Human performance enhancement is one of kinesiology’s many vibrant topics for inquiry. Though philosophers in kinesiology departments have offered some contribution to this topic, this paper argues that philosophers could improve their relevance by better engaging the existing scientific research. Rather than simply defending their place at the table, this paper proposes that philosophers build upon existing contributions to the ethics of human enhancement by increasing their scientific literacy. At the same time, this paper argues that certain patterns in philosophical discussions of human enhancement do not connect with scientific researchers. The paper concludes that ultimately philosophers must become more conversant with the language of science if they are going to continue contributing to central questions within the field of kinesiology.
Dimitrios Aivazidis, Fotini Venetsanou, Nikolaos Aggeloussis, Vassilios Gourgoulis and Antonis Kambas
A considerable amount of research has established the vital role of children’s participation in physical activity (PA) for the enhancement of various aspects of health. 1 , 2 Among them, sustaining a healthy body weight seems to be of paramount importance, because childhood obesity has reached
Chris G. Harwood and Sam N. Thrower
In her seminal position paper over 30 years ago, Vealey ( 1988 ) defined psychological-skills training (PST) as the techniques and strategies designed to teach or enhance mental skills that facilitate performance and a positive approach to sport competition. While there has been a long
Patsy Tremayne and Debra A. Ballinger
Ballroom dance has resurfaced worldwide as a highly popular competitive sport and might be added to Olympic medal competition for the 2012 London Games. This resurgence presents opportunities for sport psychologists to provide psychological-skills and performance-enhancement training for ballroom dancers at all competitive levels. Few sport psychologists have the personal experience, expertise, or an adequate knowledge base about the competitive-ballroom-dance environment to provide meaningful intervention strategies for participants. This article was developed to provide initial guidance for sport psychology professionals interested in working in this environment. An overview of the competitive-dance and ballroom-dance environment, strategies used by dance couples for enhanced mental preparation before and during dance competitions, and excerpts from an interview with an Australian championship-level couple provide readers insight into performance-enhancement strategies for DanceSport.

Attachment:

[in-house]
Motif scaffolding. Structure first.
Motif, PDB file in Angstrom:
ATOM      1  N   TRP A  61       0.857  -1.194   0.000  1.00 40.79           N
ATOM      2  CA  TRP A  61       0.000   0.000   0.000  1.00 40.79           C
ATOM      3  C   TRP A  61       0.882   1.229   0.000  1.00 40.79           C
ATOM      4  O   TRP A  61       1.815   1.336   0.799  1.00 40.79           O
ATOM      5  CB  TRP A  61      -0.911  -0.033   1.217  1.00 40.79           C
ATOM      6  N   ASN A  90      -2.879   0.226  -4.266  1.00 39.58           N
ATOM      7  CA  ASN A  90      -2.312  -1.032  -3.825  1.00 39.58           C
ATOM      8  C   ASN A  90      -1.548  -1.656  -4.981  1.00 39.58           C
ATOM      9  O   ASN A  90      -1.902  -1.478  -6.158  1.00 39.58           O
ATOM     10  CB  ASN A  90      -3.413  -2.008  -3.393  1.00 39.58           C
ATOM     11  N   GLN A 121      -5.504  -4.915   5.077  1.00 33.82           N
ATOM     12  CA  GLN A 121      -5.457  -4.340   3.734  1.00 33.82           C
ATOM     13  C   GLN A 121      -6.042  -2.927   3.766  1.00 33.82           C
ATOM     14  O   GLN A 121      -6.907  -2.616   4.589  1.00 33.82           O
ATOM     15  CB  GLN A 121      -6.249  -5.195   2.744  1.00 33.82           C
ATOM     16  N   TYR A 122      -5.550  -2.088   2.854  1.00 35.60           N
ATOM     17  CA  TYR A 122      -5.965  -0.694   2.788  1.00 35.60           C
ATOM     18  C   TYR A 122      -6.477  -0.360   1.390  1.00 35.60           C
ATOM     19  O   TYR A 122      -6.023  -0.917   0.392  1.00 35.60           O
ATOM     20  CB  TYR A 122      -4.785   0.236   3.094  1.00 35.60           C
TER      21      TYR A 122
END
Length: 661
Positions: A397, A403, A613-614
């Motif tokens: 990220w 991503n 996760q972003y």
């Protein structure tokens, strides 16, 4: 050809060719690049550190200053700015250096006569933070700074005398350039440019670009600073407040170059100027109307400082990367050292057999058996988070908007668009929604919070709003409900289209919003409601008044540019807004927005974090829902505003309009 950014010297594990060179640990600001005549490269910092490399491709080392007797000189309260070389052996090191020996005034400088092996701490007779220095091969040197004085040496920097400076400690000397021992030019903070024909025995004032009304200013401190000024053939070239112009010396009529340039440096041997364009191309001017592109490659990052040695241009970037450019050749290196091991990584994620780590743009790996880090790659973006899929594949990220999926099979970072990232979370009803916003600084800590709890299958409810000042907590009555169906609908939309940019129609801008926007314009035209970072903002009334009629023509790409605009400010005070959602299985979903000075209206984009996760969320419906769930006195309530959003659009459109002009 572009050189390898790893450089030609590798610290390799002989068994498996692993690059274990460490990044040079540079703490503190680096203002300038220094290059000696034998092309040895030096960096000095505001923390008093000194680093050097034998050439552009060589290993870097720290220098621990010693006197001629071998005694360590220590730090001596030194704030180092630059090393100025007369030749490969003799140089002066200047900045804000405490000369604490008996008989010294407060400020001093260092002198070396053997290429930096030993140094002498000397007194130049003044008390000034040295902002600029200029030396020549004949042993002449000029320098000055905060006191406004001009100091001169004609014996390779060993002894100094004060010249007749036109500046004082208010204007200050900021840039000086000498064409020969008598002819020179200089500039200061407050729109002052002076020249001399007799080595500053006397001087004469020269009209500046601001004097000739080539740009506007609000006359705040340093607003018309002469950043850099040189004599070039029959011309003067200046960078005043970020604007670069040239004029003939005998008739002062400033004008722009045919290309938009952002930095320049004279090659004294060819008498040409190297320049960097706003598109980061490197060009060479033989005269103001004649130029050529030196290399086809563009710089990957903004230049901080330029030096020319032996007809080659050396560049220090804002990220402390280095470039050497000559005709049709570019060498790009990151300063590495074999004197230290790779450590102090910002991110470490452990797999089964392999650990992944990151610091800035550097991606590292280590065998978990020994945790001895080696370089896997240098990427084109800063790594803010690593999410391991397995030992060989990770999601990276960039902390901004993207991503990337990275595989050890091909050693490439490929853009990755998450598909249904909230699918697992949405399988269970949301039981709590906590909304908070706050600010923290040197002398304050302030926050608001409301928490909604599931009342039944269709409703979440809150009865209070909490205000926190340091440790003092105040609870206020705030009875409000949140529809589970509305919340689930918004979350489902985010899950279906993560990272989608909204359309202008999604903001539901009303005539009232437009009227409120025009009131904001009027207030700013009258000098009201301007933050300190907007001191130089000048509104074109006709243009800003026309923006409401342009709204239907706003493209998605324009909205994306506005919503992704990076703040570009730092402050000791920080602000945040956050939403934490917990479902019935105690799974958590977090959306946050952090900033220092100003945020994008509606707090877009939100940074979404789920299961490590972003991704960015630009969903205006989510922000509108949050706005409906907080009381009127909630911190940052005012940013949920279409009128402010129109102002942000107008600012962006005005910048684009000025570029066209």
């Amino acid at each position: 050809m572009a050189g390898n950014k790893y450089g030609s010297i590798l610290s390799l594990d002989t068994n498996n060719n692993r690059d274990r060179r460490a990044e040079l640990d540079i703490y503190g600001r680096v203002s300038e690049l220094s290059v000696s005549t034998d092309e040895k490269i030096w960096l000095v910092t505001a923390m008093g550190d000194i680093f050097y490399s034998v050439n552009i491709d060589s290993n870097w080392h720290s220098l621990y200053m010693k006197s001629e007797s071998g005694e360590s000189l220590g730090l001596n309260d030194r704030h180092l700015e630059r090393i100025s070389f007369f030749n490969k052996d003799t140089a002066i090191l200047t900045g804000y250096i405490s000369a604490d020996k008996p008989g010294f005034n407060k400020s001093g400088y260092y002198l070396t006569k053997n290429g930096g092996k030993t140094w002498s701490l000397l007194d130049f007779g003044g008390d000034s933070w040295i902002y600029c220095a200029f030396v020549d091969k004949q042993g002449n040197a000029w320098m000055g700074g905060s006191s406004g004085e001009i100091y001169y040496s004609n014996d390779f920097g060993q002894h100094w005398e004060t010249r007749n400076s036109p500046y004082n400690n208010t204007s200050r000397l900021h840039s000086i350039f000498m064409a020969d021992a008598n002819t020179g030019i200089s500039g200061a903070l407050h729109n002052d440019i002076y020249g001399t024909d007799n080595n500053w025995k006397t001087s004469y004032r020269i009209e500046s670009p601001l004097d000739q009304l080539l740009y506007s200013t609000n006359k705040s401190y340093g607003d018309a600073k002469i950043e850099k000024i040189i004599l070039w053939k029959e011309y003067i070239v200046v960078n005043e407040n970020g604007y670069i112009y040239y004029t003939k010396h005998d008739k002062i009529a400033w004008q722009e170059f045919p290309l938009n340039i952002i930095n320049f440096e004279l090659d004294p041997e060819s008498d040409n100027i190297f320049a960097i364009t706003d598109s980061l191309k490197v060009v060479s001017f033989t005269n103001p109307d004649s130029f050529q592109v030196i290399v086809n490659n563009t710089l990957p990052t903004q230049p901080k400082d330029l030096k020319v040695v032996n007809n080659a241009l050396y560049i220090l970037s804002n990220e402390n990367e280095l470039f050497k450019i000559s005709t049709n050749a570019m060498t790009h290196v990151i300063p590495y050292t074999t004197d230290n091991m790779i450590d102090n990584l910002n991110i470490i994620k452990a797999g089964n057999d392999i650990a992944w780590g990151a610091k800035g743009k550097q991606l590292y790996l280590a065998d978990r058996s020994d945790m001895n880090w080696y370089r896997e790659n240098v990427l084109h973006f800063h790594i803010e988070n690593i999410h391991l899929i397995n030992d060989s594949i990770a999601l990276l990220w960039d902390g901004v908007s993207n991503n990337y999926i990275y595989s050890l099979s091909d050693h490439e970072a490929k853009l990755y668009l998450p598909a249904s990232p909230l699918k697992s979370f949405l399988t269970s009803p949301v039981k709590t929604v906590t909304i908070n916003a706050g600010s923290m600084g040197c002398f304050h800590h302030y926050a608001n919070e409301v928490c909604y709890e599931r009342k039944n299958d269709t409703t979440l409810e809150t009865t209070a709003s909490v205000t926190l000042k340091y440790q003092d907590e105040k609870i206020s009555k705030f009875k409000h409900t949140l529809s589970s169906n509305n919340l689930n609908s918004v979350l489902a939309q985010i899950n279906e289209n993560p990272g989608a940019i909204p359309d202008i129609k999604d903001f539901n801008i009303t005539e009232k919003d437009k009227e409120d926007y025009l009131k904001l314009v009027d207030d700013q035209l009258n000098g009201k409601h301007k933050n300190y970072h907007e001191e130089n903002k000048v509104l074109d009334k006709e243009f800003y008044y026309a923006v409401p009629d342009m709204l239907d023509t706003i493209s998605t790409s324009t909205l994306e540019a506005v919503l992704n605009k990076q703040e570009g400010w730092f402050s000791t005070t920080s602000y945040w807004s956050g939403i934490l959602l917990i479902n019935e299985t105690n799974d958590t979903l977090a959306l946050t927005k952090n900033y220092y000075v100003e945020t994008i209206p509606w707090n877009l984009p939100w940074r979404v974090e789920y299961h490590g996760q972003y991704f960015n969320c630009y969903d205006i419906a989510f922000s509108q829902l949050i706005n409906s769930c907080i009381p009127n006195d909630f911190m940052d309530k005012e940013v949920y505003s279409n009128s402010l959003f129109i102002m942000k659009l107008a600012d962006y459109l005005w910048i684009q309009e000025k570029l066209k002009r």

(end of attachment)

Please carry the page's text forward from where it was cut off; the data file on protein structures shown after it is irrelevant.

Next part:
Karla A. Henderson
Research reports released almost every day extol the healthful physical and mental benefits of physical activity. Many women, however, fail to participate in physical activities because of reasons that relate to personal, social, and organizational constraints. Understanding what to do to help women enhance their physical activity involvement must be considered by many people. Change in directions that will add quality to women’s lives will not happen without consciously directed effort on the part of individuals, as well as institutions, within society. A basic assumption underlying this paper is that physical activity possesses the components of leisure when it is freely chosen and found enjoyable. Therefore, I propose that change needs to occur within society, among individuals, and by activity providers if opportunities for enjoyable and beneficial physical involvement are to be enhanced for girls and women.
Ming-Yang Cheng, Chung-Ju Huang, Yu-Kai Chang, Dirk Koester, Thomas Schack and Tsung-Min Hung